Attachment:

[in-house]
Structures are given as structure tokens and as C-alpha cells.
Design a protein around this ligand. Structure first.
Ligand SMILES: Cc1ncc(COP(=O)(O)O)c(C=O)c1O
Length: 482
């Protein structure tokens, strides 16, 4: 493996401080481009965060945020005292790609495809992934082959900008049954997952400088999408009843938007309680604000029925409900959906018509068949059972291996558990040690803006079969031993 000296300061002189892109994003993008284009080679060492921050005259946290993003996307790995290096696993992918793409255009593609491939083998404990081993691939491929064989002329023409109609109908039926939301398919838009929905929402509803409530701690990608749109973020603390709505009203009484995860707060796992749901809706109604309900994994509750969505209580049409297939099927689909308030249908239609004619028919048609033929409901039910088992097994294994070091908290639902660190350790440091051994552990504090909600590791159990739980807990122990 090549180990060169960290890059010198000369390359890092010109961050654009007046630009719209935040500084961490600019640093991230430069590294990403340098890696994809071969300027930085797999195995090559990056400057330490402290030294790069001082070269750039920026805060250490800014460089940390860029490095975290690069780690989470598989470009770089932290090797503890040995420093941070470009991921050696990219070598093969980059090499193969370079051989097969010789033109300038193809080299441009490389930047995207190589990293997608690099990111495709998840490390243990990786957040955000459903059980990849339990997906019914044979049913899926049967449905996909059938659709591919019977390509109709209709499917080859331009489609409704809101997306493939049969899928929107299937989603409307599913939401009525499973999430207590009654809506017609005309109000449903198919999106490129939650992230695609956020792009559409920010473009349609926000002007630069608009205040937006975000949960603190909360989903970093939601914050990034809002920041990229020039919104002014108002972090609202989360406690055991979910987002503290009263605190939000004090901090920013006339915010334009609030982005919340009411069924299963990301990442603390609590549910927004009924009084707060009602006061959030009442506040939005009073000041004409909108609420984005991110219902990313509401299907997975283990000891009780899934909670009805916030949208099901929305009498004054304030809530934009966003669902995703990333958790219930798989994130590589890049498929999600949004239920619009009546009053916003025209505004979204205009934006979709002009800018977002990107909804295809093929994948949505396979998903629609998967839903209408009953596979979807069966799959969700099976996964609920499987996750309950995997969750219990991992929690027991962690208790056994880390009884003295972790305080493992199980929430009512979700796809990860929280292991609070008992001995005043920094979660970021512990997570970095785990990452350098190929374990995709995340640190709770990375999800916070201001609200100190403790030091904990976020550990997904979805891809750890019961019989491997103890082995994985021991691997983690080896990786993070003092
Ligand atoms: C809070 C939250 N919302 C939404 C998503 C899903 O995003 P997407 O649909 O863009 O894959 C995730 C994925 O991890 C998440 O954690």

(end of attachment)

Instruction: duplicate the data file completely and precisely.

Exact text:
[in-house]
Structures are given as structure tokens and as C-alpha cells.
Design a protein around this ligand. Structure first.
Ligand SMILES: Cc1ncc(COP(=O)(O)O)c(C=O)c1O
Length: 482
């Protein structure tokens, strides 16, 4: 493996401080481009965060945020005292790609495809992934082959900008049954997952400088999408009843938007309680604000029925409900959906018509068949059972291996558990040690803006079969031993 000296300061002189892109994003993008284009080679060492921050005259946290993003996307790995290096696993992918793409255009593609491939083998404990081993691939491929064989002329023409109609109908039926939301398919838009929905929402509803409530701690990608749109973020603390709505009203009484995860707060796992749901809706109604309900994994509750969505209580049409297939099927689909308030249908239609004619028919048609033929409901039910088992097994294994070091908290639902660190350790440091051994552990504090909600590791159990739980807990122990 090549180990060169960290890059010198000369390359890092010109961050654009007046630009719209935040500084961490600019640093991230430069590294990403340098890696994809071969300027930085797999195995090559990056400057330490402290030294790069001082070269750039920026805060250490800014460089940390860029490095975290690069780690989470598989470009770089932290090797503890040995420093941070470009991921050696990219070598093969980059090499193969370079051989097969010789033109300038193809080299441009490389930047995207190589990293997608690099990111495709998840490390243990990786957040955000459903059980990849339990997906019914044979049913899926049967449905996909059938659709591919019977390509109709209709499917080859331009489609409704809101997306493939049969899928929107299937989603409307599913939401009525499973999430207590009654809506017609005309109000449903198919999106490129939650992230695609956020792009559409920010473009349609926000002007630069608009205040937006975000949960603190909360989903970093939601914050990034809002920041990229020039919104002014108002972090609202989360406690055991979910987002503290009263605190939000004090901090920013006339915010334009609030982005919340009411069924299963990301990442603390609590549910927004009924009084707060009602006061959030009442506040939005009073000041004409909108609420984005991110219902990313509401299907997975283990000891009780899934909670009805916030949208099901929305009498004054304030809530934009966003669902995703990333958790219930798989994130590589890049498929999600949004239920619009009546009053916003025209505004979204205009934006979709002009800018977002990107909804295809093929994948949505396979998903629609998967839903209408009953596979979807069966799959969700099976996964609920499987996750309950995997969750219990991992929690027991962690208790056994880390009884003295972790305080493992199980929430009512979700796809990860929280292991609070008992001995005043920094979660970021512990997570970095785990990452350098190929374990995709995340640190709770990375999800916070201001609200100190403790030091904990976020550990997904979805891809750890019961019989491997103890082995994985021991691997983690080896990786993070003092
Ligand atoms: C809070 C939250 N919302 C939404 C998503 C899903 O995003 P997407 O649909 O863009 O894959 C995730 C994925 O991890 C998440 O954690």